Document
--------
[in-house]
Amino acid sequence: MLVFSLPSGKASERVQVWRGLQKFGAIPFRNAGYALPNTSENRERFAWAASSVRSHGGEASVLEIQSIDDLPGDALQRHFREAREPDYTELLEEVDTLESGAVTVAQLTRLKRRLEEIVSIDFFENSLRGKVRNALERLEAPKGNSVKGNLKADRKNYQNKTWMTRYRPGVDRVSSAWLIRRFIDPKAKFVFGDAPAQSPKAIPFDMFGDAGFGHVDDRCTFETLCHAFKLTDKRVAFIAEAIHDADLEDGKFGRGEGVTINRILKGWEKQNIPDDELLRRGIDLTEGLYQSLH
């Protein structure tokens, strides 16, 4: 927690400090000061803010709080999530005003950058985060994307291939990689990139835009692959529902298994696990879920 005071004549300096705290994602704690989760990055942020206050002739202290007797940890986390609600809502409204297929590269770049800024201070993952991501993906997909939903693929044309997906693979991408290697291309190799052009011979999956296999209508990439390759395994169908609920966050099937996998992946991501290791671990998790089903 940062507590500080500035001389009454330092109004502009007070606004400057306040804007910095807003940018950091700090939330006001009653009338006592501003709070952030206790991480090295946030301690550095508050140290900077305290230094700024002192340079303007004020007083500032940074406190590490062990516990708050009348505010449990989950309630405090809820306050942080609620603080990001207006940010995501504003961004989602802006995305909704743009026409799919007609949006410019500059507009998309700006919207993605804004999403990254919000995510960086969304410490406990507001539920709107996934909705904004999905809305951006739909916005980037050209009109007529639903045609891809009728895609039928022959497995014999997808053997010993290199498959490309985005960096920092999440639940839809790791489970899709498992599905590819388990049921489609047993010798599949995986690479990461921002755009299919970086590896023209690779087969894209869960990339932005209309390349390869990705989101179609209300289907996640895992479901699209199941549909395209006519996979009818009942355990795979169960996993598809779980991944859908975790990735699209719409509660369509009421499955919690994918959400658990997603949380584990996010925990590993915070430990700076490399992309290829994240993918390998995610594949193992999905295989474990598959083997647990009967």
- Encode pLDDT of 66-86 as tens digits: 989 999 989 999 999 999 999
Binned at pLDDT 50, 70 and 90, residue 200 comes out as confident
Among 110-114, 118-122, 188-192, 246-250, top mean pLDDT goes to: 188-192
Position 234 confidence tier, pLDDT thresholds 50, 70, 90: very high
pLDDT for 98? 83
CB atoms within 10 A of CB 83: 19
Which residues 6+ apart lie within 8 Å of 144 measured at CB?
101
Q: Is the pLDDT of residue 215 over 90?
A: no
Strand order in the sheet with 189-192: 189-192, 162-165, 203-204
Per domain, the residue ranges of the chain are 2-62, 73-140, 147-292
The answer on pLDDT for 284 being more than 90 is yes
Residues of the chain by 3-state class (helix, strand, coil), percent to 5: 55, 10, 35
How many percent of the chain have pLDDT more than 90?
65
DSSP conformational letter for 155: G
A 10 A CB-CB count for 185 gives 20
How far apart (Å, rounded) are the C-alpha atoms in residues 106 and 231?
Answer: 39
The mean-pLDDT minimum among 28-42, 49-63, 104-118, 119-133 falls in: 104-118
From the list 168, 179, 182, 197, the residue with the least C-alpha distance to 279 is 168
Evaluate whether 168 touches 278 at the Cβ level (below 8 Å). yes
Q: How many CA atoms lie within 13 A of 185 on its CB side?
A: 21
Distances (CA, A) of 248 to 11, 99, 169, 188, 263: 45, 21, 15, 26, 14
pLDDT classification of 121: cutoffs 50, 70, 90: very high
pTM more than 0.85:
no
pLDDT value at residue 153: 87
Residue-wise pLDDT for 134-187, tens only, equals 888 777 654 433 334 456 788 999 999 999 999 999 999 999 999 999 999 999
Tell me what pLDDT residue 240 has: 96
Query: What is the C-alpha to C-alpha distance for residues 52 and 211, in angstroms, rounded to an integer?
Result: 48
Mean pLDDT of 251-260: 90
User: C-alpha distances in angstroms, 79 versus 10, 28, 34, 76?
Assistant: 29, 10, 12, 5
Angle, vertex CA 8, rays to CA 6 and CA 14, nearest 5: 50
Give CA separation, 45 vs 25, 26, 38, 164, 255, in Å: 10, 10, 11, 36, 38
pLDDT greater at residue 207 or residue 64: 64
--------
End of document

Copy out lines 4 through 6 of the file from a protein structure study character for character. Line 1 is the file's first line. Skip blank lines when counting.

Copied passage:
- Encode pLDDT of 66-86 as tens digits: 989 999 989 999 999 999 999
Binned at pLDDT 50, 70 and 90, residue 200 comes out as confident
Among 110-114, 118-122, 188-192, 246-250, top mean pLDDT goes to: 188-192